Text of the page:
failed to give in accordance with the dictates of a strict conscience. These were traits in the character of an hotel-keeper which cannot be praised too highly, and which had met their due reward in the custom of the public. But nevertheless there were those who thought that there was occasionally ground for complaint in the conduct even of Madame Bauche.

In the first place she was deficient in that pleasant smiling softness which should belong to any keeper of a house of public entertainment. In her general mode of life she was stern and silent with her guests, autocratic, authoritative, and sometimes contradictory in her house, and altogether irrational and unconciliatory when any change even for a day was proposed to her, or when any shadow of a complaint reached her ears.

Indeed of complaint, as made against the establishment, she was altogether intolerant. To such she had but one answer. He or she who complained might leave the place at a moment’s notice if it so pleased them. There were always others ready to take their places. The power of making this answer came to her from the lowness of her prices; and it was a power which was very dear to her.

The baths were taken at different hours according to medical advice, but the usual time was from five to seven in the morning. The déjeuner or early meal was at nine o’clock, the dinner was at four. After that, no eating or drinking was allowed in the Hôtel Bauche. There was a café in the village, at which ladies and gentlemen could get a cup of coffee or a glass of eau sucrée; but no such accommodation was to be had in the establishment. Not by any possible bribery or persuasion could any meal be procured at any other than the authorized hours. A visitor who should enter the salle à manger more than ten minutes after the last bell would be looked at very sourly by Madame Bauche, who on all occasions sat at the top of her own table. Should anyone appear as much as half an hour late, he would receive only his share of what had not been handed round. But after the last dish had been so handed, it was utterly useless for anyone to enter the room at all.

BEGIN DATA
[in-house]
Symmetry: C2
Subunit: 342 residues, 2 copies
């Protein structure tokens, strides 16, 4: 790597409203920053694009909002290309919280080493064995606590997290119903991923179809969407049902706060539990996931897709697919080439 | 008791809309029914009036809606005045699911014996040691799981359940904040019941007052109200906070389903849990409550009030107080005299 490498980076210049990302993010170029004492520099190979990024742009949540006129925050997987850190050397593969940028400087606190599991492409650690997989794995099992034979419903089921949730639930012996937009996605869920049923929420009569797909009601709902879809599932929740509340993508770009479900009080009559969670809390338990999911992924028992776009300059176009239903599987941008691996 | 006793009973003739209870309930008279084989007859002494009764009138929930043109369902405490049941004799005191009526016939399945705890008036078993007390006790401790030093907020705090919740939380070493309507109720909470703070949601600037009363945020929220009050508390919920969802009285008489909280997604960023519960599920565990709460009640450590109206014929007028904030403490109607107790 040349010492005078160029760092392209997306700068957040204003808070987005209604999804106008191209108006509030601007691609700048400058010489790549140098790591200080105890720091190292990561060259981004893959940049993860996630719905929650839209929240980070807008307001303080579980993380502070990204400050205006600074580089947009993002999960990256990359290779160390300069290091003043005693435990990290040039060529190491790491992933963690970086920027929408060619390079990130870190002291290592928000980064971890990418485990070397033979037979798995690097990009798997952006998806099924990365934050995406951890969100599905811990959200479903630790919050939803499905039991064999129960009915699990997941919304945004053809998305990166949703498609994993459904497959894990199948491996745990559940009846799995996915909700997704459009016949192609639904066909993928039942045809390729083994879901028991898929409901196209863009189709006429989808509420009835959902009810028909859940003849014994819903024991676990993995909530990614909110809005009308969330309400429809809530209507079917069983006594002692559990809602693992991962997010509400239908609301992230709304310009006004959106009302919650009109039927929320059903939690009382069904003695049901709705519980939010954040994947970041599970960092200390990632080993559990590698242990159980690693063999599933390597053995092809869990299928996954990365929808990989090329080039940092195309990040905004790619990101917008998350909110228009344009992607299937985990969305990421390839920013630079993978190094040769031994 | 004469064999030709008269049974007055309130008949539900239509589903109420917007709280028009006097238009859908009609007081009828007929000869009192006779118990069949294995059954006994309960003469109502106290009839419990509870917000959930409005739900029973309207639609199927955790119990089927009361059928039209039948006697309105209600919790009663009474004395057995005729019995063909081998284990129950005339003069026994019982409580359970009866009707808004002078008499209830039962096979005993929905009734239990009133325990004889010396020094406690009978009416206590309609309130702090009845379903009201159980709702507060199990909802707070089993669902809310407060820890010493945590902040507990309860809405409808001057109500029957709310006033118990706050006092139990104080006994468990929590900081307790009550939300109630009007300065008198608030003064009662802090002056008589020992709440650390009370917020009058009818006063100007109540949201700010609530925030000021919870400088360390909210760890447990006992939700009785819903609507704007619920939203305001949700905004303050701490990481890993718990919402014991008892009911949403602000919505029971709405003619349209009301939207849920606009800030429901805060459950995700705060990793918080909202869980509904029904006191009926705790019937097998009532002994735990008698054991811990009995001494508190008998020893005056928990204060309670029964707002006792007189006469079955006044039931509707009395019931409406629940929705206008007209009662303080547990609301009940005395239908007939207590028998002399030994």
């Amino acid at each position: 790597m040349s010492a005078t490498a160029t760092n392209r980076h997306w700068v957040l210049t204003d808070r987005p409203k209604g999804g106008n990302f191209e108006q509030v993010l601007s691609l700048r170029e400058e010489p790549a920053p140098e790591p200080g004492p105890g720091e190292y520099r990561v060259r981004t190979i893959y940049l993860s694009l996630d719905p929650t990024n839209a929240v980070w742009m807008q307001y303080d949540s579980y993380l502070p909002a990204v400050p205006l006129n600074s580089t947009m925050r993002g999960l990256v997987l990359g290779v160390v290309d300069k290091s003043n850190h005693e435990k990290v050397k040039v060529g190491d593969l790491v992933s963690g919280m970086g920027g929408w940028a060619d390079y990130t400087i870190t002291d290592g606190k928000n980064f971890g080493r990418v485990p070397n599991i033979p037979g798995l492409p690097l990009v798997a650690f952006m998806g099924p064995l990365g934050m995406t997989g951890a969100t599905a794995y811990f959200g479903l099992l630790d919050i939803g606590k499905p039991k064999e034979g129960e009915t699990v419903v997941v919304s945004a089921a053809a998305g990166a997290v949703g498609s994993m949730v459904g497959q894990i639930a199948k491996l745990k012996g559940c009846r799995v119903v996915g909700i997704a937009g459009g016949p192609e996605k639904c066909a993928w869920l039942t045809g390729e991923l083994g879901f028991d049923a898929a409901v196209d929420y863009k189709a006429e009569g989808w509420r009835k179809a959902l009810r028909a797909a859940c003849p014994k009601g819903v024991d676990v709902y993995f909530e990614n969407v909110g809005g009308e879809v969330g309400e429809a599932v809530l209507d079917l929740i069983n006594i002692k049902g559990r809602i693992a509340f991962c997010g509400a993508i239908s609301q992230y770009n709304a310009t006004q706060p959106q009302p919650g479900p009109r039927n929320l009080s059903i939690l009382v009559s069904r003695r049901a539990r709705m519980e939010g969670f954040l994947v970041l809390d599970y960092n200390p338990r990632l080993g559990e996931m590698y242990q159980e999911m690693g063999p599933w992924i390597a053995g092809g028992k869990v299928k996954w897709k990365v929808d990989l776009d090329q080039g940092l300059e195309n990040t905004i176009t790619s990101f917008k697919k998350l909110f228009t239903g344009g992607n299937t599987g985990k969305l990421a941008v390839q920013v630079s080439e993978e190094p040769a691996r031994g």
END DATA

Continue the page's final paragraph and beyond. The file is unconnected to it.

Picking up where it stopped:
Her appearance at the period of our tale was perhaps not altogether in her favour. She was about sixty years of age and was very stout and short in the neck. She wore her own grey hair, which at dinner was always tidy enough; but during the whole day previous to that hour she might be seen with it escaping from under her cap in extreme disorder. Her eyebrows were large and bushy, but those alone would not have given to her face that look of indomitable sternness which it possessed. Her eyebrows were serious in their effect, but not so serious as the pair of green spectacles which she always wore under them. It was thought by those who had analysed the subject that the great secret of Madame Bauche’s power lay in her green spectacles.

Her custom was to move about and through the whole establishment every day from breakfast till the period came for her to dress for dinner. She would visit every chamber and every bath, walk once or twice round the salle à manger, and very repeatedly round the kitchen; she would go into every hole and corner, and peer into everything through her green spectacles; and in these walks it was not always thought pleasant to meet her. Her custom was to move very slowly, with her hands generally clasped behind her back: she rarely spoke to the guests unless she was spoken to, and on such occasions she would not often diverge into general conversation. If anyone had aught to say connected with the business of the establishment, she would listen, and then she would make her answers,—often not pleasant in the hearing.

And thus she walked her path through the world, a stern, hard, solemn old woman, not without gusts of passionate explosion; but honest withal, and not without some inward benevolence and true tenderness of heart. Children she had had many, some seven or eight. One or two had died, others had been married; she had sons settled far away from home, and at the time of which we are now speaking but one was left in any way subject to maternal authority.

Adolphe Bauche was the only one of her children of whom much was remembered by the present denizens and hangers-on of the hotel. He was the youngest of the number, and having been born only very shortly

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